Monday, December 27, 2010

Review - Once Upon a Time in the West (1968)

“Your friends have a high mortality rate Frank. First three, then two.”

Director: Sergio Leone
Starring: Charles Bronson, Jason Robards, Henry Fonda, Claudia Carindale
Writers: Dario Argento, Bernado Bertolucci

Tough, silent hero gets on his horse and starts riding into the sunset, he is leaving people that care for him behind but he has no business staying in town. This is the final image I always have of a western. It’s an image that is deeply embedded in my head. There is just something about the western that gets me every time. It could be the scenery, the acting, the music but there is always something that manages to hit the right chord with me. So why the long introduction? Well Once Upon a Time in the West has to be one of the best westerns I’ve seen in a while and makes me just wish I was a cowboy. Well a ghostbusting cowboy but that’s an entirely different story.

So where to begin with this classic, well I reckon the man, the legend Segio Leone. The man knows what he’s doing and this is just a master class for any directing. Tight close ups to amp up the emotional tension of scenes, or the wide scenic shots that just let the landscape engulf the viewer in all its beauty, the Leone has tight control on what he wants to show people. Not only is his eye a wonder but also his use of the actors always plays to their strengths. Charles Bronson isn’t the greatest actor in the world but under the guidance of Leone you can’t help but be pulled into the performance. I think a lot of directors now a day tend to let actors run wild a little more which is fine for likes Daniel Day Lewis but when it comes to those mid level actors a steady hand like that Leone offered is called for.

Acting wise everyone is excelling, as stated before Bronson isn’t the greatest but thanks to playing to his strengths as Harmonica (or at least that what I call him) not only can you feel the rage and lust for vengeance exude from him but this deeply calculating tact on how to get to his goal. Jason Robards as Cheyenne brings a wonderful charisma to the desperado that joins forces with Harmonica. He’s tough yet you see that out of the three male leads he is the most compassionate. Finally Henry Fonda as Frank rounds out the three with a steely eyed performance as the movies chief villain. He’s a bastard through and through and with just a glance of his eyes he can make men back down. Then there is Claudia Carindale as Jill McBain the woman who is caught between all three men. Jill is a tough lady who forges on despite tough times. Claudia manages to bring across maybe a slight sense of being out of her depth yet never at the expense of seeming vulnerable. It’s a hard line to walk yet she does it perfectly.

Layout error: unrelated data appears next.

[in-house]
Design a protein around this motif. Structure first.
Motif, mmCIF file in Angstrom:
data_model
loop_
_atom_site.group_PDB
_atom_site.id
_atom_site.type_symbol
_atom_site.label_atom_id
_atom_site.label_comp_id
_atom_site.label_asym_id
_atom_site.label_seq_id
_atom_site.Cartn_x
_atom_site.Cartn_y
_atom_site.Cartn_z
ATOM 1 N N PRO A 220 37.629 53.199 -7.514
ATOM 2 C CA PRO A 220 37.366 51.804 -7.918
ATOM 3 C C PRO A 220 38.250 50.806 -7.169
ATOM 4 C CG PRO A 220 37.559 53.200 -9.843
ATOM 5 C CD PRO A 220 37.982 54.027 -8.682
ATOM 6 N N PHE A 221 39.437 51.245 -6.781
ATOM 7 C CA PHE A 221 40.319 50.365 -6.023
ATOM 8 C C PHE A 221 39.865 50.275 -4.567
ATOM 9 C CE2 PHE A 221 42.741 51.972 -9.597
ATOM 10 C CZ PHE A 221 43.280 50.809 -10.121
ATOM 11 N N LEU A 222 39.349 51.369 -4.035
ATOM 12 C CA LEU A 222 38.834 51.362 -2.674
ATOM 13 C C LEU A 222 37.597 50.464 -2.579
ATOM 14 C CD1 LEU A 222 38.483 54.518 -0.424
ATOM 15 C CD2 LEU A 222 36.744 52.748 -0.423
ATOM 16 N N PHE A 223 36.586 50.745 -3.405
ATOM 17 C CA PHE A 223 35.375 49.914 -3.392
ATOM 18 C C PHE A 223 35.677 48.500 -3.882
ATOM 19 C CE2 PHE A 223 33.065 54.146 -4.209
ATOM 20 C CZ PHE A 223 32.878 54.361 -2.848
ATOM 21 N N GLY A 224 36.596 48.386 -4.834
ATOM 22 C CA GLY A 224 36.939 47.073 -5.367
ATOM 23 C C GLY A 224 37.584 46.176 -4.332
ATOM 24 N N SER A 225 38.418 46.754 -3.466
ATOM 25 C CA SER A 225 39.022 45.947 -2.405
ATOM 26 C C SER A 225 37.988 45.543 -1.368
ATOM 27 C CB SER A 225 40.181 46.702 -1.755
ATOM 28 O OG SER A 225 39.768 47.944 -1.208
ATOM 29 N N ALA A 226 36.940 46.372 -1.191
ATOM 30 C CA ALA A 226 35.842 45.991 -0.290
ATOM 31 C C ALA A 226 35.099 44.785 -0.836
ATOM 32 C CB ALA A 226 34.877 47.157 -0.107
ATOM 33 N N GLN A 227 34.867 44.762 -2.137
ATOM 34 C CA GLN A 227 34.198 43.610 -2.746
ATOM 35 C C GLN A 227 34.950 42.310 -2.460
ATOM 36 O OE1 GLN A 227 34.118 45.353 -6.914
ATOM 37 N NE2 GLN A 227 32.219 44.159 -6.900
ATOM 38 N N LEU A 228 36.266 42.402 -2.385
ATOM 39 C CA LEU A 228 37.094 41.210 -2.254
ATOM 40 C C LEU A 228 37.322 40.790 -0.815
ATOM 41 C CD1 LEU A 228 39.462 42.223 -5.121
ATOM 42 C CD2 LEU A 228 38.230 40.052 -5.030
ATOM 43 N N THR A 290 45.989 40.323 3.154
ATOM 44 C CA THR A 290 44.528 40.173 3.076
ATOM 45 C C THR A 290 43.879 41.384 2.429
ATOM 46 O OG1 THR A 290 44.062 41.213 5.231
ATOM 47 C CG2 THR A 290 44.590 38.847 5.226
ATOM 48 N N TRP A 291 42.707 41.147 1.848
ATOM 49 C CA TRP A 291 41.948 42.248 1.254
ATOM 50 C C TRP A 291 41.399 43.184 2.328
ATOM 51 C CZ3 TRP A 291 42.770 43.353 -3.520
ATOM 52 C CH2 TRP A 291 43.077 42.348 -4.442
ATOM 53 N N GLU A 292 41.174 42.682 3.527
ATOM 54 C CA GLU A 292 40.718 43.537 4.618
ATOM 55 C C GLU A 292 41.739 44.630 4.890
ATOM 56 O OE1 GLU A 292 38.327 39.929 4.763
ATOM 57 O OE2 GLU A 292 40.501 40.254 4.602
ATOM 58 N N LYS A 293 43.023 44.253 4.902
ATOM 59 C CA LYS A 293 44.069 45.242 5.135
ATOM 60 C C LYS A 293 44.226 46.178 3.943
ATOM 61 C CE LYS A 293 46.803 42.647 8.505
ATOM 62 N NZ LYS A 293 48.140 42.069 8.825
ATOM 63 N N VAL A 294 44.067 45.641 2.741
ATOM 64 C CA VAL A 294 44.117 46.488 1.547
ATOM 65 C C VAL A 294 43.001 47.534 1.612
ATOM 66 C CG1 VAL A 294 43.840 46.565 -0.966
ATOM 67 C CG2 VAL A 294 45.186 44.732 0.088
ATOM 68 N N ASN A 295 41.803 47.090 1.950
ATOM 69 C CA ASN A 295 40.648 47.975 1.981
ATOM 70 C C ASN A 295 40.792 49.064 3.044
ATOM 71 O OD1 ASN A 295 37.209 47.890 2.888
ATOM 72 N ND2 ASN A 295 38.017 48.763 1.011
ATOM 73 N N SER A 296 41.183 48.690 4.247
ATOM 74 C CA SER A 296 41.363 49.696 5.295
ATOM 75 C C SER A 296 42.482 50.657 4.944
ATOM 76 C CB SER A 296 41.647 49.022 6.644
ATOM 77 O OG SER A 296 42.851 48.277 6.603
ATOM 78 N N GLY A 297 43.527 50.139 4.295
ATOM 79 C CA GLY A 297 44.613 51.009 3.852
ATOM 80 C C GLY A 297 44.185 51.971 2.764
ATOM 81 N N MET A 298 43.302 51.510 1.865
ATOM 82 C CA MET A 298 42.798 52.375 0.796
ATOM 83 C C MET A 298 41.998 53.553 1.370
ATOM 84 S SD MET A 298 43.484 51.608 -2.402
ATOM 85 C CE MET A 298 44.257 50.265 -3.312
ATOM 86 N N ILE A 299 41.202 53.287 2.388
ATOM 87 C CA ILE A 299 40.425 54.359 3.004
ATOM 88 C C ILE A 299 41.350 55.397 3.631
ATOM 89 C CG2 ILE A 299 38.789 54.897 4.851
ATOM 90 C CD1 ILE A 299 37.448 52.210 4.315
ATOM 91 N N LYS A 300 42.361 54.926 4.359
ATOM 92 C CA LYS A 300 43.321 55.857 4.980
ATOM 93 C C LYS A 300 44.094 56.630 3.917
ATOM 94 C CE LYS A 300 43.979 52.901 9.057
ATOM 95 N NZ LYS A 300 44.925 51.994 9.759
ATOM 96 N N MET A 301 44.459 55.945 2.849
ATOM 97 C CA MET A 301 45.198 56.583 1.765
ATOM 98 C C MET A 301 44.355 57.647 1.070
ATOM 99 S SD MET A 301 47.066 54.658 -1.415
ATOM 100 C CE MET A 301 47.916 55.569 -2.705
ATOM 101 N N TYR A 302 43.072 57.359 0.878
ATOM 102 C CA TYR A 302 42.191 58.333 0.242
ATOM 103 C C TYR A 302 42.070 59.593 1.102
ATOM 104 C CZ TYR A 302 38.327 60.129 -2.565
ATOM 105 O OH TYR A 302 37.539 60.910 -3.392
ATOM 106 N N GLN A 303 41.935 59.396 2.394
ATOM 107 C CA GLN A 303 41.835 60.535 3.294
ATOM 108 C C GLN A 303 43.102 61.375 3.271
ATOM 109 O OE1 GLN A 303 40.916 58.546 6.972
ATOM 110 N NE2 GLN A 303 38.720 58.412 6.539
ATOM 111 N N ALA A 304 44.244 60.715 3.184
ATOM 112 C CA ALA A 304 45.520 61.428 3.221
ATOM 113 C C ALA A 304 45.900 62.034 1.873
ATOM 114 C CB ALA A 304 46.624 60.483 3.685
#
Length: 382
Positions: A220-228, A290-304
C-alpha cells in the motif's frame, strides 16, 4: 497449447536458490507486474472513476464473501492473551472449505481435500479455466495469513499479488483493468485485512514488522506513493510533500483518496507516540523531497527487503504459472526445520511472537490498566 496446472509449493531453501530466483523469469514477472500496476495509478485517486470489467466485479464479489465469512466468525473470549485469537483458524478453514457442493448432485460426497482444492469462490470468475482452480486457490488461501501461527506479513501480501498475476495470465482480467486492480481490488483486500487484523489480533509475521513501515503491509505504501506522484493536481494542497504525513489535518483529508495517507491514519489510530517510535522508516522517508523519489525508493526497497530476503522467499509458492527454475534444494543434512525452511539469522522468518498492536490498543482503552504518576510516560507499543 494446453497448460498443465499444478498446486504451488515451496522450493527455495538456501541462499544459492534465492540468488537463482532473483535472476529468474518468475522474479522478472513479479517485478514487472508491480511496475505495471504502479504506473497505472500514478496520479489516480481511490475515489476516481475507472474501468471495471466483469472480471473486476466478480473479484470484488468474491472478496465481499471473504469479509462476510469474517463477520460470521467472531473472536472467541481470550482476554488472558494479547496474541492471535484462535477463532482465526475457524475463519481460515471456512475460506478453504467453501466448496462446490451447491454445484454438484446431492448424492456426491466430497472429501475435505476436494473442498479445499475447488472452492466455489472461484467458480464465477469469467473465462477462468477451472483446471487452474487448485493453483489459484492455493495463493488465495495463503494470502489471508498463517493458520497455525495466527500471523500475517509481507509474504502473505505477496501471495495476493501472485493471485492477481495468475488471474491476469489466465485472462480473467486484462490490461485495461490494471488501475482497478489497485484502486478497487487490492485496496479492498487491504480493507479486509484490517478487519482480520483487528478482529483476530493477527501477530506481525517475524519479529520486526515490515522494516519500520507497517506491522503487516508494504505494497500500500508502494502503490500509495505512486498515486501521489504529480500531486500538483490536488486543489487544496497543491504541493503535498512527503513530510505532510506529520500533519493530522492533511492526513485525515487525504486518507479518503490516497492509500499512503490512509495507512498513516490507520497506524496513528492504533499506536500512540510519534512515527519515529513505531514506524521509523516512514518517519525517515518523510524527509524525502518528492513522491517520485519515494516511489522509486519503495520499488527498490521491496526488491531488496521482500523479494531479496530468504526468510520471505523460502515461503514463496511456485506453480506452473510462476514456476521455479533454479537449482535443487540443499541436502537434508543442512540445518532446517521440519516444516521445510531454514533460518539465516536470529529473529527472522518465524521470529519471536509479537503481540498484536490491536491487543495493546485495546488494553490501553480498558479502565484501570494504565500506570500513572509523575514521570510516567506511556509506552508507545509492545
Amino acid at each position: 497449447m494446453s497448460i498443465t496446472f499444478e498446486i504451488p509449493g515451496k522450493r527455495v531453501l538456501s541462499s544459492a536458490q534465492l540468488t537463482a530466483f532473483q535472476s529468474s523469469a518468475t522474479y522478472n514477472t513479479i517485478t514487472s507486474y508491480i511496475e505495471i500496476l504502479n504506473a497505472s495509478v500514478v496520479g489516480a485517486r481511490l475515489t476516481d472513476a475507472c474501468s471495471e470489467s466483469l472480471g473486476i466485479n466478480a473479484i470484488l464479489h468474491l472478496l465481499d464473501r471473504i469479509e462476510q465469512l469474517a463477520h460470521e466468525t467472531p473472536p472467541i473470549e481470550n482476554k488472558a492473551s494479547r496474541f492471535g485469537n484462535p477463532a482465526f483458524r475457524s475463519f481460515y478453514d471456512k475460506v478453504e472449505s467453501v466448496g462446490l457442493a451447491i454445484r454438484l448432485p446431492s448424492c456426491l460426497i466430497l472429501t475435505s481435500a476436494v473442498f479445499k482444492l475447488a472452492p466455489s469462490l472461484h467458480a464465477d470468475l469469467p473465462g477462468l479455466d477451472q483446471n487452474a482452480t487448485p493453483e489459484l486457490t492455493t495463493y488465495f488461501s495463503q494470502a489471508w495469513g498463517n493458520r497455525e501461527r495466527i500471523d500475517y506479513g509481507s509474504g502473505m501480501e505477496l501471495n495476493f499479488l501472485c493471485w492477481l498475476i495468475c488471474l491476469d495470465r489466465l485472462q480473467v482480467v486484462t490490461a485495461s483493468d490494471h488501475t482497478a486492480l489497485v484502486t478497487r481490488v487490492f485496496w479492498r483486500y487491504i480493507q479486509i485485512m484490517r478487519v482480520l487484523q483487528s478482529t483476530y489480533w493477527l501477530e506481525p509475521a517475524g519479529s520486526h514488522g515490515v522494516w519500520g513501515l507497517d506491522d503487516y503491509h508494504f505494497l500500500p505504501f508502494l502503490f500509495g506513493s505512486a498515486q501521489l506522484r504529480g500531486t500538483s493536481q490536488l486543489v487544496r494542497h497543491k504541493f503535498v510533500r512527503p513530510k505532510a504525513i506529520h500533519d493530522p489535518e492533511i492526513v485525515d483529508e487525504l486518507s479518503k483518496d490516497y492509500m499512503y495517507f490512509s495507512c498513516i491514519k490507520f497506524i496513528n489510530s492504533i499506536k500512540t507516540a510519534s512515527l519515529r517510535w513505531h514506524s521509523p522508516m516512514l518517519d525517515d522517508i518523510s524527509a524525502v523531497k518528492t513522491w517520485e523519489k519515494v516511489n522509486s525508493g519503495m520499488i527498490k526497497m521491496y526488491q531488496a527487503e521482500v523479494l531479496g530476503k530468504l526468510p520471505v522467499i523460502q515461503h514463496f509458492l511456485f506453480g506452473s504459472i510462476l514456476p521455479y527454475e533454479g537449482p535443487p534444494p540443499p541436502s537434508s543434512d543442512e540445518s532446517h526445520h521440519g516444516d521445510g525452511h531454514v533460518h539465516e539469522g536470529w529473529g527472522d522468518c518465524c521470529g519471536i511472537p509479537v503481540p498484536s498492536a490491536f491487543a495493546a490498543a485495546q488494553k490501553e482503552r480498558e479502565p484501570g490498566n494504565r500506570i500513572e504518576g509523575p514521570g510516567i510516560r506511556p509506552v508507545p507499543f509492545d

The story itself is a simple tale of revenge and greed and yet the story is well paced and never seems to lag which is saying something as this is a long movie. In the beginning we have three men waiting at a train station for Bronsons character. It’s a pretty long scene but in the hands of Leone it is just ratcheting up the tension as there seems to be a certain sense of doom coming. It does remind me somewhat of Tarantino’s Inglorious Basterds another long movie that doesn’t seem it as every scene is an excuse to play around with the tensions of the audience. Having a simple story allows for the audience to not be caught up with too many details and instead feel the full emotional heft each scene offers.

Over all I adored this film. The only negative or warning to possible viewers I would say is that if you don’t like westerns then move along. This movie is steeped in what people now come to recognise as the western and why not this is one of the best back in the era where westerns were king. But if you’re after a great western or just a great film in general then give this movie a shot. I’m sure you won’t be disappointed.

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